The first Black History Month Parade was created in 2013 by Earl Little. Today, it is one of the largest African-American celebrations in America, according to blackhistorymonthparade.com.
On Feb. 25, the parade graced the streets of Atlanta once again to celebrate the remembrance of all those that have fought for equal rights in the past, and to inspire newer generations to keep the fight alive.
This year’s parade featured marching bands, multiple high schools and middle schools, dance groups, awareness foundations, some speaker celebrities, like Mama Ca$h and much more.
The Signal attended the parade to snap the spectacular event and all of the people showing their appreciation and pride.
Many professional outlets, like The Washington Post, Atlanta-Journal Constitution and MSNBC, have referred to Atlanta as “The Black Mecca.” This name surfaced from the undeniable African-American history Atlanta carries.
So for those newcomers to Atlanta, or for those who haven’t found the time to go out and explore some rich history, here are some places to visit when wanting to see early notions of equality.
- The Martin Luther King Jr. National Historic Site: This is an all encompassing tour of MLK’s birth place, Historic Ebenezer Baptist Church, Dr. and Mrs. King’s Gravesite, Freedom Hall, and Historic Fire Station No. 6. Address: 450 Auburn Ave NE, Atlanta, GA 30312
- King Center: This center displays photos, artifacts and memories of King’s impact on the Civil Rights Movement. It was opened in 1968 by Mrs. Coretta Scott King, MLK’s wife. It also holds displays for Rosa Parks and Ghandi. Address: 449 Auburn Ave NE, Atlanta, GA 30312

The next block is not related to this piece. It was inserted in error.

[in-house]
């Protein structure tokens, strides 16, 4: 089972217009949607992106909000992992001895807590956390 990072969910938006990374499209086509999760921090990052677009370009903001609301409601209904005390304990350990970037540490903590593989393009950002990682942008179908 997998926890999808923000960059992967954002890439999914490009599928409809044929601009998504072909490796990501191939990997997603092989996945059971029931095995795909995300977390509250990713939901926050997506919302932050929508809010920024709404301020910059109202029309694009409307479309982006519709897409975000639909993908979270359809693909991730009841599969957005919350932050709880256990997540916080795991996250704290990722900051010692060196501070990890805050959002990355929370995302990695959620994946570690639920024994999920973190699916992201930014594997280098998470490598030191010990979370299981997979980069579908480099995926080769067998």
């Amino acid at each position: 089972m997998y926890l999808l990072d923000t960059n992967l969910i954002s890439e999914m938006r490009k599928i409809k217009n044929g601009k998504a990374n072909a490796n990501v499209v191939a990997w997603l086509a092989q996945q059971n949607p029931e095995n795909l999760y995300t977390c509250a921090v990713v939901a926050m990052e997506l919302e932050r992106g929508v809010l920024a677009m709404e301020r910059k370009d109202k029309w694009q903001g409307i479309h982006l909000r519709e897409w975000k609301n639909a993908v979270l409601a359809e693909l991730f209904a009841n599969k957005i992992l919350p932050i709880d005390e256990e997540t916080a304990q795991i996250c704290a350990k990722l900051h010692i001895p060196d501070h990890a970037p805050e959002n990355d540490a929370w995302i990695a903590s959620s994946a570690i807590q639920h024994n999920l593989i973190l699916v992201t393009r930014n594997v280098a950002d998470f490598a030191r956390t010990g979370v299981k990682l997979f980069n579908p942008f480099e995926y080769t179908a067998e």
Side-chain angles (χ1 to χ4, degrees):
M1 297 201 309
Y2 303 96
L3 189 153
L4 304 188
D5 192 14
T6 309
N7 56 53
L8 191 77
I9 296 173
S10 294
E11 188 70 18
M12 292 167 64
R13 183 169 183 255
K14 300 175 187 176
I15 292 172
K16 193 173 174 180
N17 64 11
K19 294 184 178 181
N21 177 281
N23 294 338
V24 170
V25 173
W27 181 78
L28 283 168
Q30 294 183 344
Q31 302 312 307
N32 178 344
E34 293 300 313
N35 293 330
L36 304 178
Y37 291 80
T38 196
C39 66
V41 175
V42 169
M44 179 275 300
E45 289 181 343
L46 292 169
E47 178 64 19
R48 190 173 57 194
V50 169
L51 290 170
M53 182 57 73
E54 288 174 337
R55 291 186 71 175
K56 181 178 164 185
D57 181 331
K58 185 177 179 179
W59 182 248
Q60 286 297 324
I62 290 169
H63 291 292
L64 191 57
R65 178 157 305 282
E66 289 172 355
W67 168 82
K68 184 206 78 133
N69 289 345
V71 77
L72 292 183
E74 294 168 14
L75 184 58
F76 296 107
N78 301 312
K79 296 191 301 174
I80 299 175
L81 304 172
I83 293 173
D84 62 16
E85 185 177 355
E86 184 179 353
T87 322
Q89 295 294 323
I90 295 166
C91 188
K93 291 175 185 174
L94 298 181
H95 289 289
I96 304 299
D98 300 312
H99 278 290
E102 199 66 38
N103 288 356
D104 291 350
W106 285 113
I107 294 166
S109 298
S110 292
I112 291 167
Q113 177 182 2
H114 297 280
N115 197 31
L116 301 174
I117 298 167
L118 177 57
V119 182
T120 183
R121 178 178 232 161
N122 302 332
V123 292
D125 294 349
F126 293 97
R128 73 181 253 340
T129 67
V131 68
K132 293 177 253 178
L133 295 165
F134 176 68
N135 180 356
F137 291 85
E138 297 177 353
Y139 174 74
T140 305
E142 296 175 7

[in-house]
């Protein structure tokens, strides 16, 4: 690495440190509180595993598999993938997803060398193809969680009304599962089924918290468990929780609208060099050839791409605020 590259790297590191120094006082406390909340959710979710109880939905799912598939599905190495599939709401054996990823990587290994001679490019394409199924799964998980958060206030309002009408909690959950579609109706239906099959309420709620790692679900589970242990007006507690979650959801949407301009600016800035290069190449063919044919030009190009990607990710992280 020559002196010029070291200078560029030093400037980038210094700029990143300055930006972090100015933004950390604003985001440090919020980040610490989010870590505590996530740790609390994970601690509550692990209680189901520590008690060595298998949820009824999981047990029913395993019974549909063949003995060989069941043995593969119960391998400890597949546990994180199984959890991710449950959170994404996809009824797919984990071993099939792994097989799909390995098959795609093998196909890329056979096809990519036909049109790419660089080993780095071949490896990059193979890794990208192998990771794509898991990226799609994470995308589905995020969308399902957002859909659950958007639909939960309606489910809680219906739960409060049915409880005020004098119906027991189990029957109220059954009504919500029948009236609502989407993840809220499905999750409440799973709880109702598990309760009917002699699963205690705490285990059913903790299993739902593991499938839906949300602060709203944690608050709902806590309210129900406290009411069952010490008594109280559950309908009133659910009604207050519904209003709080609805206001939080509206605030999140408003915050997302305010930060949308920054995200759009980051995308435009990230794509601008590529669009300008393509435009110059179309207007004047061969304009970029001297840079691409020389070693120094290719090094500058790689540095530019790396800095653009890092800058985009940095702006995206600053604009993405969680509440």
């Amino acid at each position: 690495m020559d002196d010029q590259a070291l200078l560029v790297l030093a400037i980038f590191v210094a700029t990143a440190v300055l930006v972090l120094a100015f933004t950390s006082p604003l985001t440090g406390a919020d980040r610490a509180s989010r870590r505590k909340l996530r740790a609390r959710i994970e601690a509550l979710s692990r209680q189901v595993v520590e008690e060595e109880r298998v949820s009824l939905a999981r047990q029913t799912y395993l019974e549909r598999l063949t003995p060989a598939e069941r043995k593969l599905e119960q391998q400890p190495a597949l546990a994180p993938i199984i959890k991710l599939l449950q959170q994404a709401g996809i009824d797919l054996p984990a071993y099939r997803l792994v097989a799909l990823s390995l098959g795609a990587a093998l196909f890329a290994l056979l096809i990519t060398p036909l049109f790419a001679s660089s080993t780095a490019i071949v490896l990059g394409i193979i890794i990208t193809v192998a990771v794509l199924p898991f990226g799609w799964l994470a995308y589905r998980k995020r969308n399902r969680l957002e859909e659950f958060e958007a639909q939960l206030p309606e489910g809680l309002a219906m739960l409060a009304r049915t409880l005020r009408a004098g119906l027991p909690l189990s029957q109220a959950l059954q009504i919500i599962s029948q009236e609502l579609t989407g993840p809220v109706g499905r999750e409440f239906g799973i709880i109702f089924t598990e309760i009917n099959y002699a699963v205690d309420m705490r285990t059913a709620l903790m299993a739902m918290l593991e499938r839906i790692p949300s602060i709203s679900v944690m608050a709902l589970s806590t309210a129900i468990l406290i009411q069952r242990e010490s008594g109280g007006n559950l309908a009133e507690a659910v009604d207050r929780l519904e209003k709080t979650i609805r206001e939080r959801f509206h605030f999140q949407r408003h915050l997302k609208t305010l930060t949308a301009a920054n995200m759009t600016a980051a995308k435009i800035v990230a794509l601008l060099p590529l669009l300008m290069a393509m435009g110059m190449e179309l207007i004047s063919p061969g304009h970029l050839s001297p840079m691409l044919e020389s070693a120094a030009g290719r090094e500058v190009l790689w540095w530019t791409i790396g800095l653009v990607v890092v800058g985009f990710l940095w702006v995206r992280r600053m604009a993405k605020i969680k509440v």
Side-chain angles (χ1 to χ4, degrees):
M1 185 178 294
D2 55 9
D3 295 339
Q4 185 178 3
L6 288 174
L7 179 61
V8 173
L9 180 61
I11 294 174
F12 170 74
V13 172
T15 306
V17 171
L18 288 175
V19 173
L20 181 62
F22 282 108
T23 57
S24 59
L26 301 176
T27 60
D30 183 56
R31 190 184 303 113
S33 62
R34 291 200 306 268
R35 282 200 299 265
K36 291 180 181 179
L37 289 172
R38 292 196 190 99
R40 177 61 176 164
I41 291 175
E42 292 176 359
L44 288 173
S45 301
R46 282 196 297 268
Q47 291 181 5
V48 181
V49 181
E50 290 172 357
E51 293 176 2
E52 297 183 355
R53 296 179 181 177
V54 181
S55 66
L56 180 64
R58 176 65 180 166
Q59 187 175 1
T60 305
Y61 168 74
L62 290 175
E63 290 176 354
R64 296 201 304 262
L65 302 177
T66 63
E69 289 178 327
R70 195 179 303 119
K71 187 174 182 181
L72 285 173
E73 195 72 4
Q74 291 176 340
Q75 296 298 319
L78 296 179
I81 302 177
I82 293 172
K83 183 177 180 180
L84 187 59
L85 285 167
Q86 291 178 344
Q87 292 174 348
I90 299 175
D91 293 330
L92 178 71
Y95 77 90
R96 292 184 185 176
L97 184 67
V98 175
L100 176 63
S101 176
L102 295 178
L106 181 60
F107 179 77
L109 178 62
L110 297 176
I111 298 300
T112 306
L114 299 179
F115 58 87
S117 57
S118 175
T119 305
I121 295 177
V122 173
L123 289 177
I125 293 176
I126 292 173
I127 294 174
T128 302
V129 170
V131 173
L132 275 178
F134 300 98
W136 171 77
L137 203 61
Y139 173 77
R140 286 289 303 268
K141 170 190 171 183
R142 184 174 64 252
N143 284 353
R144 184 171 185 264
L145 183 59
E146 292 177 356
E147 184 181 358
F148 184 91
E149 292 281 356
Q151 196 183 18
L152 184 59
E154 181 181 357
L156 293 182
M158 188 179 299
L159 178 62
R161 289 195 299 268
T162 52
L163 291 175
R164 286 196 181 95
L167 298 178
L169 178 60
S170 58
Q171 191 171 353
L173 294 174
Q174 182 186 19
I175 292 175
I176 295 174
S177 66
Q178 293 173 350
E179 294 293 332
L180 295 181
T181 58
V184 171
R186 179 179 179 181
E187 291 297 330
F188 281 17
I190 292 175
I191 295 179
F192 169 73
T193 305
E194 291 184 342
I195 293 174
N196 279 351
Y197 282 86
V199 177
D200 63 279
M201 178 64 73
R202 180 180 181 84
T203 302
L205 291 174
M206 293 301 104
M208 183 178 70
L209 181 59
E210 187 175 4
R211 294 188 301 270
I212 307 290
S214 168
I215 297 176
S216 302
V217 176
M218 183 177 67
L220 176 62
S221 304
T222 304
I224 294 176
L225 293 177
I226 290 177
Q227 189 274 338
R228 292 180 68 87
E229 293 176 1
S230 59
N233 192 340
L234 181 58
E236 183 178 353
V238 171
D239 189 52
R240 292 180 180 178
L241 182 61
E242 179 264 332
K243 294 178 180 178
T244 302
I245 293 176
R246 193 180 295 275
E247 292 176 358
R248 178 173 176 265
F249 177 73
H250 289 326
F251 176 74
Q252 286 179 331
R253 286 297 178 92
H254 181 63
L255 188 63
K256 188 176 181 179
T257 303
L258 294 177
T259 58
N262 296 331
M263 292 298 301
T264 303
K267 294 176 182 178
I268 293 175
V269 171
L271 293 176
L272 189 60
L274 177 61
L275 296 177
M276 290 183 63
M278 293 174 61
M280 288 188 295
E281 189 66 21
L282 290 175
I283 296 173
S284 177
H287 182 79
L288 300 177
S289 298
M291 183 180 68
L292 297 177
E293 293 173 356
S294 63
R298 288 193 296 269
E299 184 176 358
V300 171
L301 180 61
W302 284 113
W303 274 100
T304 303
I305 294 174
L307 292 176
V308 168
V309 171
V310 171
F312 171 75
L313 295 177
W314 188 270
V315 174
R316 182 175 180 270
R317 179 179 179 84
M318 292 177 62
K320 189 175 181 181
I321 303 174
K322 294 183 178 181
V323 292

- The APEX Museum: This museum was created to present history through an African-American perspective. This was established to make visitors understand the amount of impact the African-American community has had in America and around the world. Address: 135 Auburn Ave NE, Atlanta, GA 30303
- Center for Civil and Human Rights: This was established as a tool for empowerment. By showing the history movement for civil rights in Atlanta, it’ll then catapult the movement for human rights all around the world. It brings up the past, inspires the present and changes the future. Address: 100 Ivan Allen Jr Blvd NW, Atlanta, GA 30313
- ATL Black History Tour: This tour takes participants all through Metro Atlanta and show them the the visual timeline of African-American history in this city, all the way from the civil war to present day. The tour consists of multiple stops and will walk through streets that hold plenty of stories. To book a tour: (770) 374-7476